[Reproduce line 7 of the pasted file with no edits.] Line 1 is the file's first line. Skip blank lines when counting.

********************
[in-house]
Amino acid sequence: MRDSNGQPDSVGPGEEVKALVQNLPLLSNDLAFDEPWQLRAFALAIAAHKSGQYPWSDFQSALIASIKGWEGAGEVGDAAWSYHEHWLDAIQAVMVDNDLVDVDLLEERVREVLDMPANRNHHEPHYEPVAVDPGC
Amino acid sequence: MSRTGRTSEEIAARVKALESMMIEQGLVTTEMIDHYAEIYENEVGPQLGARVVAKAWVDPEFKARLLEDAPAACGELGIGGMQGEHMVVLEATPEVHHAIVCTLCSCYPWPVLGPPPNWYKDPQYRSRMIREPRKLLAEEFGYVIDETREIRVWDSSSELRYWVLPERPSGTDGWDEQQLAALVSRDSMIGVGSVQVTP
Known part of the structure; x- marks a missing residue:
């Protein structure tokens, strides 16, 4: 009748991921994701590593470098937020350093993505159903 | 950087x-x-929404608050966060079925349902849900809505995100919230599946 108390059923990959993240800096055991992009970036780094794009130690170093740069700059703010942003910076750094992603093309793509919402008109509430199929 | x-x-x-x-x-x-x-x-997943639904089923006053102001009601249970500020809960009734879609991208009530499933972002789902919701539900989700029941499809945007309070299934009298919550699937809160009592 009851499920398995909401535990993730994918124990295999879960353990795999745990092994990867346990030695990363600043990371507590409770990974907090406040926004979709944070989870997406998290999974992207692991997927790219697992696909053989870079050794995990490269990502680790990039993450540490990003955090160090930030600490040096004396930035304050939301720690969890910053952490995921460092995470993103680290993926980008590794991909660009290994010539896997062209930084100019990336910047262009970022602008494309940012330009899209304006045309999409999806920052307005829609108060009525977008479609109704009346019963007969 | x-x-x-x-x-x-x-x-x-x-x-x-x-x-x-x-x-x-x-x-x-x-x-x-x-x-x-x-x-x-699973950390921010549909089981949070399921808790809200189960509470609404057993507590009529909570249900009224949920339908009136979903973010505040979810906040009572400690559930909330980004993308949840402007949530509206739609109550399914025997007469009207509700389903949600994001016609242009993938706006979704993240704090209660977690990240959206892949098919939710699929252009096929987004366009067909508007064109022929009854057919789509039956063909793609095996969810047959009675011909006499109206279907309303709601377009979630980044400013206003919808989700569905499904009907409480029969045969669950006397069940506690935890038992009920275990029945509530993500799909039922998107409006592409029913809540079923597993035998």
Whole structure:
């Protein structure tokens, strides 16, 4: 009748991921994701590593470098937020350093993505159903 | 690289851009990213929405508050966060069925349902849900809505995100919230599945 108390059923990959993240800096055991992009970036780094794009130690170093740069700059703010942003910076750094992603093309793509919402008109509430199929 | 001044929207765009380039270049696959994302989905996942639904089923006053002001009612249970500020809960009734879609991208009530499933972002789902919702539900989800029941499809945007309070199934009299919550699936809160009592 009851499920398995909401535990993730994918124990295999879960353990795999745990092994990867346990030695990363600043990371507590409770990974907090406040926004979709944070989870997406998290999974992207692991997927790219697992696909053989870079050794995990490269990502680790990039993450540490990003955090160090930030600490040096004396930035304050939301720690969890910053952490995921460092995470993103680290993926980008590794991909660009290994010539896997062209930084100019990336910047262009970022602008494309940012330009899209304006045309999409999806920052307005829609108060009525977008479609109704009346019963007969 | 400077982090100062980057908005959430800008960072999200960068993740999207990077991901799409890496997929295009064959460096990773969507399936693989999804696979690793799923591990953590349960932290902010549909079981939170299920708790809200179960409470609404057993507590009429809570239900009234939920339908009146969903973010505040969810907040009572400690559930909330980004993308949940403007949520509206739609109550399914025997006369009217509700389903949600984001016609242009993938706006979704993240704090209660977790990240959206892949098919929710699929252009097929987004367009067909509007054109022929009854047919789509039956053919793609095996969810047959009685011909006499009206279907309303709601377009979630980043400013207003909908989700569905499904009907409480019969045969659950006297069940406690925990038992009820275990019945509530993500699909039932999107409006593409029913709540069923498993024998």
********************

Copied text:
């Protein structure tokens, strides 16, 4: 009748991921994701590593470098937020350093993505159903 | 690289851009990213929405508050966060069925349902849900809505995100919230599945 108390059923990959993240800096055991992009970036780094794009130690170093740069700059703010942003910076750094992603093309793509919402008109509430199929 | 001044929207765009380039270049696959994302989905996942639904089923006053002001009612249970500020809960009734879609991208009530499933972002789902919702539900989800029941499809945007309070199934009299919550699936809160009592 009851499920398995909401535990993730994918124990295999879960353990795999745990092994990867346990030695990363600043990371507590409770990974907090406040926004979709944070989870997406998290999974992207692991997927790219697992696909053989870079050794995990490269990502680790990039993450540490990003955090160090930030600490040096004396930035304050939301720690969890910053952490995921460092995470993103680290993926980008590794991909660009290994010539896997062209930084100019990336910047262009970022602008494309940012330009899209304006045309999409999806920052307005829609108060009525977008479609109704009346019963007969 | 400077982090100062980057908005959430800008960072999200960068993740999207990077991901799409890496997929295009064959460096990773969507399936693989999804696979690793799923591990953590349960932290902010549909079981939170299920708790809200179960409470609404057993507590009429809570239900009234939920339908009146969903973010505040969810907040009572400690559930909330980004993308949940403007949520509206739609109550399914025997006369009217509700389903949600984001016609242009993938706006979704993240704090209660977790990240959206892949098919929710699929252009097929987004367009067909509007054109022929009854047919789509039956053919793609095996969810047959009685011909006499009206279907309303709601377009979630980043400013207003909908989700569905499904009907409480019969045969659950006297069940406690925990038992009820275990019945509530993500699909039932999107409006593409029913709540069923498993024998």